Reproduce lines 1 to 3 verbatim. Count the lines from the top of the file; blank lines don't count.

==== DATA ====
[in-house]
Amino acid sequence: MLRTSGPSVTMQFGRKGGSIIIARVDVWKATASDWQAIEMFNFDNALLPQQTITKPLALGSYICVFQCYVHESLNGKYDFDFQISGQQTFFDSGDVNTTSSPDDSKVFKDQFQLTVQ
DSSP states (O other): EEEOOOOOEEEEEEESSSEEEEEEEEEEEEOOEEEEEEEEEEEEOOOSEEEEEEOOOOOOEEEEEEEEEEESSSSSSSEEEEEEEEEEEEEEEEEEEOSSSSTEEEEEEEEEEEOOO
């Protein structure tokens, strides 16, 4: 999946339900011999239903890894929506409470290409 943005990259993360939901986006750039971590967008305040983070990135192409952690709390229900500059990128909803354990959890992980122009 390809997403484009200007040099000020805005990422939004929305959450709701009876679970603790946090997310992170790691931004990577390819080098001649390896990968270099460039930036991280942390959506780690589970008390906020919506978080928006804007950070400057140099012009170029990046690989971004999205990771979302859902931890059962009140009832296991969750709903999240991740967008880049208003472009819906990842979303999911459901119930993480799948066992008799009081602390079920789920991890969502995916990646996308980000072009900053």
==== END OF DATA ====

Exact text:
[in-house]
Amino acid sequence: MLRTSGPSVTMQFGRKGGSIIIARVDVWKATASDWQAIEMFNFDNALLPQQTITKPLALGSYICVFQCYVHESLNGKYDFDFQISGQQTFFDSGDVNTTSSPDDSKVFKDQFQLTVQ
DSSP states (O other): EEEOOOOOEEEEEEESSSEEEEEEEEEEEEOOEEEEEEEEEEEEOOOSEEEEEEOOOOOOEEEEEEEEEEESSSSSSSEEEEEEEEEEEEEEEEEEEOSSSSTEEEEEEEEEEEOOO